Anna Nordgren—another Scandinavian female artist who studied first at the Académie Julian and then with Carolus-Duran! She was in Paris at just the time the real Jeanette or my fictional character could have known her. She even exhibited at the Salon of 1879, which plays a part in Where the Light Falls. If I had known Lady in a Train Window when I was first researching the novel, I wonder how it might have shaped my imagination?
Picturing a World
This striking double portrait caught my attention mostly because it's beautiful, but I lingered over it because it falls in the period of my work-in-very-slow-progress, "Anonymity." I checked, and, sure enough, Edmund Charles Tarbell (1862–1938) was an almost exact of the real Jeanette Smith whose story prompted my delve into the experience of women art students in Paris. (Surprise, surprise! Tarbell also studied at the Académie Julian.)
Blog post alert: James Gurney's technical comments on Vasily Polenov's watercolor of a 19th C woman artist at work are interesting. But a correction: the subject is not N. Yakunchikova. Rather she is Maria Yakunchikova whose sister Elena (also an artist) married Polenov in the year this portrait was painted. Maria studied for a year at the Académie Julian with under William-Adolphe Bouguereau and Tony Robert-Fleury (as does my fictional Jeanette). For more of Maria's work, click here. And for an article about her at Musings on Art, A Platform for Women Artists, click here.
Blog tip: Ordinarily, I like to showcase female artists, but this painting of a contemplative woman reader is so lovely, I refer you to the post on it at Lines and Colors. The artist, William McGregor Paxton (1869–1941), is yet another American who studied at the Académie Julian in Paris—and he, not only had the good taste to marry Elizabeth Vaughan Okie, but worked with her as part of the Boston School of painters. She may have posed for this picture. (And my fictional Mattie might have seen it!)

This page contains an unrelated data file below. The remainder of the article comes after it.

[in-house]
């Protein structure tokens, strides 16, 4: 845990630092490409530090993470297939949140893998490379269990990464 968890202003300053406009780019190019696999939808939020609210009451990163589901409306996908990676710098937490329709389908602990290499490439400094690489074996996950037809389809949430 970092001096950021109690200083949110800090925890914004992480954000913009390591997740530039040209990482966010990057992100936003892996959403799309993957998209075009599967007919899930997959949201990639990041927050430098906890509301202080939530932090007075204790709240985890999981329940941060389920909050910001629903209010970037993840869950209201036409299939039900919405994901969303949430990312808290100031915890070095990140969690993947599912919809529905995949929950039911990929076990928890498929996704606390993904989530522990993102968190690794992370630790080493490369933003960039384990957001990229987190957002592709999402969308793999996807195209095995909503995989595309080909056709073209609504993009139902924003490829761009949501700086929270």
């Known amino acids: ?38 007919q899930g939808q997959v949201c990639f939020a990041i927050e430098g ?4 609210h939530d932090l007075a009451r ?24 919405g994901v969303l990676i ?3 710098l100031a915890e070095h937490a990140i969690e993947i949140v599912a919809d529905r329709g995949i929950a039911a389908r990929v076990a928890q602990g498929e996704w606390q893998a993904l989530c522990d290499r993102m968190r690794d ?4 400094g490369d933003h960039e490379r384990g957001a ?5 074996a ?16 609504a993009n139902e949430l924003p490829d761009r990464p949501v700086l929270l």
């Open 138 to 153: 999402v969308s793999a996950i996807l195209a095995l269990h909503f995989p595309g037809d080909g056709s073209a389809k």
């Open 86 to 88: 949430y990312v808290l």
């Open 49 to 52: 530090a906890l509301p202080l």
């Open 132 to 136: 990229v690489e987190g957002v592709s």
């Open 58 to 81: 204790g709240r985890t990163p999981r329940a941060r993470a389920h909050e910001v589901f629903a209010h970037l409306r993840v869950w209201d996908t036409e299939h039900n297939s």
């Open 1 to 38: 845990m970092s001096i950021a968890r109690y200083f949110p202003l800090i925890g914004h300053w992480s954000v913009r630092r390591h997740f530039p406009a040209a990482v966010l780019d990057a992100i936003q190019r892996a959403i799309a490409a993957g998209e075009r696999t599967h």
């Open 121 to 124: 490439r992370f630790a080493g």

In the latter 19th C, polite society considered it a sign of shocking Bohemianism for women to smoke. Now we might not worry about the sitter’s morals, only her health. When Amélie Beaury-Saurel painted this picture, however, she probably meant it as Read More
How I am looking forward to the upcoming exhibit, Women Artists in Paris, 1850–1900 at the Clark Art Institute! I am fond of saying that writing historical fiction forces a novelist to ask different questions from those of historians, even cultural historians. For instance, where did a woman Read More
Correction: Thanks to a reader, Daisy, I am happy (but embarrassed) to correct a blooper: Azambre was male, not female. Luckily I didn't say anything stupid about "the female gaze" in this post; and the suggestion that the religious wing of commercial art might be useful to fiction stands. Thanks again, Daisy!
At a lecture in advance of the Clark Art Institute’s upcoming show, Women Artists in Paris, 1850–1900 (June 9–Spetember 3, 2018) I learned about this painting by Étienne Azambre (1859–1933). Azambre was an almost exact contemporary of the real Jeanette and studied at the Académie Julian from 1879 to 1882 in the studio of Adolphe William Bouguereau and Tony Robert-Fleury, where I place my fictional Jeanette. Wish I had known about her in time! Read More